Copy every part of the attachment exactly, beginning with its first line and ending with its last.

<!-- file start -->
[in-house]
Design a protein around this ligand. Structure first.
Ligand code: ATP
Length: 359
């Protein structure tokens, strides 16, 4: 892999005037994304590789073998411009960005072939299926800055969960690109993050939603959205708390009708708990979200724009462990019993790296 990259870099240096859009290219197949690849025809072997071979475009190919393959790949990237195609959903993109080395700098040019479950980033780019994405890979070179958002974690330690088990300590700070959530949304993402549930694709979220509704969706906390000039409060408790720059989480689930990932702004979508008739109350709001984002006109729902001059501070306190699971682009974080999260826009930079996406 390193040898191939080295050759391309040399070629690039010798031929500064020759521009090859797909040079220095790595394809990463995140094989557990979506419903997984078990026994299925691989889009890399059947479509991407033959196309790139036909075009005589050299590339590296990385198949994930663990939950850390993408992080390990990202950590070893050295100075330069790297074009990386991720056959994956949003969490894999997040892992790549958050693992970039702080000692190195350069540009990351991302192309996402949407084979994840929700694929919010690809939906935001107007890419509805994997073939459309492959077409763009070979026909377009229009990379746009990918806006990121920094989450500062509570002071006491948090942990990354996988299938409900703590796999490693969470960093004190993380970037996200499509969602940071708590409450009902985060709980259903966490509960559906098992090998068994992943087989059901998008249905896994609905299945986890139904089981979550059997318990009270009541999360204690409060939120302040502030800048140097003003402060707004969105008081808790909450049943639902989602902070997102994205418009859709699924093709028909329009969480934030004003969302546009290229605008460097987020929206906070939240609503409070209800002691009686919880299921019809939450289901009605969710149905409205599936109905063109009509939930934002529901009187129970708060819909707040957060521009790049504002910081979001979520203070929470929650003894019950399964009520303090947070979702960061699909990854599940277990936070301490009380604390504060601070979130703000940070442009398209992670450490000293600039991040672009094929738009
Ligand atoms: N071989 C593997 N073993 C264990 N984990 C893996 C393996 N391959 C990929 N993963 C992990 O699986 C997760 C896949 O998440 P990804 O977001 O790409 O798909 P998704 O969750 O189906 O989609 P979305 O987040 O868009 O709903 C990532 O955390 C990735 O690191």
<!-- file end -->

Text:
[in-house]
Design a protein around this ligand. Structure first.
Ligand code: ATP
Length: 359
């Protein structure tokens, strides 16, 4: 892999005037994304590789073998411009960005072939299926800055969960690109993050939603959205708390009708708990979200724009462990019993790296 990259870099240096859009290219197949690849025809072997071979475009190919393959790949990237195609959903993109080395700098040019479950980033780019994405890979070179958002974690330690088990300590700070959530949304993402549930694709979220509704969706906390000039409060408790720059989480689930990932702004979508008739109350709001984002006109729902001059501070306190699971682009974080999260826009930079996406 390193040898191939080295050759391309040399070629690039010798031929500064020759521009090859797909040079220095790595394809990463995140094989557990979506419903997984078990026994299925691989889009890399059947479509991407033959196309790139036909075009005589050299590339590296990385198949994930663990939950850390993408992080390990990202950590070893050295100075330069790297074009990386991720056959994956949003969490894999997040892992790549958050693992970039702080000692190195350069540009990351991302192309996402949407084979994840929700694929919010690809939906935001107007890419509805994997073939459309492959077409763009070979026909377009229009990379746009990918806006990121920094989450500062509570002071006491948090942990990354996988299938409900703590796999490693969470960093004190993380970037996200499509969602940071708590409450009902985060709980259903966490509960559906098992090998068994992943087989059901998008249905896994609905299945986890139904089981979550059997318990009270009541999360204690409060939120302040502030800048140097003003402060707004969105008081808790909450049943639902989602902070997102994205418009859709699924093709028909329009969480934030004003969302546009290229605008460097987020929206906070939240609503409070209800002691009686919880299921019809939450289901009605969710149905409205599936109905063109009509939930934002529901009187129970708060819909707040957060521009790049504002910081979001979520203070929470929650003894019950399964009520303090947070979702960061699909990854599940277990936070301490009380604390504060601070979130703000940070442009398209992670450490000293600039991040672009094929738009
Ligand atoms: N071989 C593997 N073993 C264990 N984990 C893996 C393996 N391959 C990929 N993963 C992990 O699986 C997760 C896949 O998440 P990804 O977001 O790409 O798909 P998704 O969750 O189906 O989609 P979305 O987040 O868009 O709903 C990532 O955390 C990735 O690191």